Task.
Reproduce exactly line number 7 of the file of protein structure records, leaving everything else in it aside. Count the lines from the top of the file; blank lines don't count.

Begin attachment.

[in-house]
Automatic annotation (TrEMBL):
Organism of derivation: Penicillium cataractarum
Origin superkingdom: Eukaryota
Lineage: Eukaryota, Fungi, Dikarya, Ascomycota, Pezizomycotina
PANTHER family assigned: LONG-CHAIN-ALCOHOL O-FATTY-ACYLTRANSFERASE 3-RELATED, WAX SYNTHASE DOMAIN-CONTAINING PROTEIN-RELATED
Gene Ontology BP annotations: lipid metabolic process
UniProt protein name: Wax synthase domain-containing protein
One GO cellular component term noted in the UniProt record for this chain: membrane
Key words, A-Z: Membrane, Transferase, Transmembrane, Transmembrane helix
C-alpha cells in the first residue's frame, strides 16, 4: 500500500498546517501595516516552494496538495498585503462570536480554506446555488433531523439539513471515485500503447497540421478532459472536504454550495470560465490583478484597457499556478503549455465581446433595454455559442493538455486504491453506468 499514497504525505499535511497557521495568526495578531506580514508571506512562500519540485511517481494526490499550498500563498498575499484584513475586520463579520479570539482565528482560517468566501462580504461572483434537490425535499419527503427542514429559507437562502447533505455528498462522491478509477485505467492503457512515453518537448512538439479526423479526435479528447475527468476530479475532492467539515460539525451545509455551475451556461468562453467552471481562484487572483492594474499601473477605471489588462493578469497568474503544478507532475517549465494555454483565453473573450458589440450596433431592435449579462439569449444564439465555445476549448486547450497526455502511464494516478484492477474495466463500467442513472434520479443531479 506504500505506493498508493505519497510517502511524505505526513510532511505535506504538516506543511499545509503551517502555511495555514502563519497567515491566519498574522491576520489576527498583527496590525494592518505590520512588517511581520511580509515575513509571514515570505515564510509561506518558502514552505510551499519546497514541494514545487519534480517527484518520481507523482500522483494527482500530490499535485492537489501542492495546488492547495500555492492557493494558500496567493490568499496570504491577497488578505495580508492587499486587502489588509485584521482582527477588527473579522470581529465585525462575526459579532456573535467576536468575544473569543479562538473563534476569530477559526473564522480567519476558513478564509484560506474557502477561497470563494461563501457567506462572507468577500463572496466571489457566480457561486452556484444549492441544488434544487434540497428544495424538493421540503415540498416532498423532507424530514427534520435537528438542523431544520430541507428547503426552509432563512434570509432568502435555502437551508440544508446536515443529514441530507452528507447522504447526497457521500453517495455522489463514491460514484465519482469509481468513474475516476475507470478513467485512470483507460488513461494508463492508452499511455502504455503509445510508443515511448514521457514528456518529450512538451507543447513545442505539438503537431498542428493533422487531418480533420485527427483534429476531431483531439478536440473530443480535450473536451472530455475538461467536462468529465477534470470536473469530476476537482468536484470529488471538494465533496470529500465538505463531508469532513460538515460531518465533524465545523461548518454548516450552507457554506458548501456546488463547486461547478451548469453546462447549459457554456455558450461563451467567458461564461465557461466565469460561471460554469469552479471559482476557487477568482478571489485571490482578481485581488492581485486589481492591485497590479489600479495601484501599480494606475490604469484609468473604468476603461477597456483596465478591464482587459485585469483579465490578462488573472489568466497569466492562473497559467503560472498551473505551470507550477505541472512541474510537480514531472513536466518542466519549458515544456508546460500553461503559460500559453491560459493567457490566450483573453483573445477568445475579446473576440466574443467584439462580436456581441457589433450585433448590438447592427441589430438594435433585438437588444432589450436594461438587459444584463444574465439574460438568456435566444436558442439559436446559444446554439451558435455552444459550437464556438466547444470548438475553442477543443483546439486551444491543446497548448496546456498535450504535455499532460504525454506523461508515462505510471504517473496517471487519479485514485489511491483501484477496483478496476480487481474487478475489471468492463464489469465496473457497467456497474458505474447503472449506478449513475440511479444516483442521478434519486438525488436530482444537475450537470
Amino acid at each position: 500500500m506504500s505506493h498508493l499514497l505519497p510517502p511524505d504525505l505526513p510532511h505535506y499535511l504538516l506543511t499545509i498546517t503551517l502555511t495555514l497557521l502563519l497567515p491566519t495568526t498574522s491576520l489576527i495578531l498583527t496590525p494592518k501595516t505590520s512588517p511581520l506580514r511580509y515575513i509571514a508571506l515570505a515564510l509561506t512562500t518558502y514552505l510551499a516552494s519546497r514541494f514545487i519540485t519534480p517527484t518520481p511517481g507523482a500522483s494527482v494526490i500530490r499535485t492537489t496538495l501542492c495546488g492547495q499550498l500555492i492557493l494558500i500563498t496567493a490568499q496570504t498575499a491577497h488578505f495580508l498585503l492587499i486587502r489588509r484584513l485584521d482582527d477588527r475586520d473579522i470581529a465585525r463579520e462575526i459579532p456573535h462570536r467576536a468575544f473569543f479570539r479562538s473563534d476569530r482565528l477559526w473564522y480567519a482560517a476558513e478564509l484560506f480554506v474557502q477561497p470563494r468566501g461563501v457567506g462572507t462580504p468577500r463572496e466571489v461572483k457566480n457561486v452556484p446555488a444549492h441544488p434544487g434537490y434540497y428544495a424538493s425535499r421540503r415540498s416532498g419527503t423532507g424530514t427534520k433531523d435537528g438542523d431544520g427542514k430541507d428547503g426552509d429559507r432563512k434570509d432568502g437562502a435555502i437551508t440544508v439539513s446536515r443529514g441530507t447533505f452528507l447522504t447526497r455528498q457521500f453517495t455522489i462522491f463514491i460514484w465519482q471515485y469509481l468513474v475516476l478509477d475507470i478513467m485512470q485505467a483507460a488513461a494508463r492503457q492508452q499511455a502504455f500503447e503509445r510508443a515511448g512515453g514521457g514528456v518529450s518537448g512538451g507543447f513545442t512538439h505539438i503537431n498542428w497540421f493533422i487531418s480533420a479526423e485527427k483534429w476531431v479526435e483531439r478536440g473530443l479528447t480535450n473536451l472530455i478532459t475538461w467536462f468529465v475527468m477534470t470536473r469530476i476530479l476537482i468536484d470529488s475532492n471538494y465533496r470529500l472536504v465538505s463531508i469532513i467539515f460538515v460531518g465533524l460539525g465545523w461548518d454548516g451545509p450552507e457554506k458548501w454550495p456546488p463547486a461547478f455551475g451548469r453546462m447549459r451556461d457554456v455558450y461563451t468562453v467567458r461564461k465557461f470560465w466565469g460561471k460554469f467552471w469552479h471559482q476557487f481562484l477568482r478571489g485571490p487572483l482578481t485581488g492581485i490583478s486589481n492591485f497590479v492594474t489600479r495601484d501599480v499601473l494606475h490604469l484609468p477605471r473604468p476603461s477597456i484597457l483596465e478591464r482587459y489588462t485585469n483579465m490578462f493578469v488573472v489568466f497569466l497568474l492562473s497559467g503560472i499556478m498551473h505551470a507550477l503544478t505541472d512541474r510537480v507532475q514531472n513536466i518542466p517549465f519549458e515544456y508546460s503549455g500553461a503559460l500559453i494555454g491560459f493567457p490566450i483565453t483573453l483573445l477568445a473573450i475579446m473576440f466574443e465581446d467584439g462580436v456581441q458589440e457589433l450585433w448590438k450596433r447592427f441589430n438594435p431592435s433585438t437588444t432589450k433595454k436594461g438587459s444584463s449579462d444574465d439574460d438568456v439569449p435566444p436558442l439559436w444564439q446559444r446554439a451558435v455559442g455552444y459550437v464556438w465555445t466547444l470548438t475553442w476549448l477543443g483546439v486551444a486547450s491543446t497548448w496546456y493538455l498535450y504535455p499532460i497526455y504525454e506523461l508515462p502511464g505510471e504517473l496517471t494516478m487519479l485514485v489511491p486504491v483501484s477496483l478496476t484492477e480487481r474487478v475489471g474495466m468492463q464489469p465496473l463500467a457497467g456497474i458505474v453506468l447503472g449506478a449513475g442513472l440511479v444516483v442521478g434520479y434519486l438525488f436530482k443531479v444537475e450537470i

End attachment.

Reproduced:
Gene Ontology BP annotations: lipid metabolic process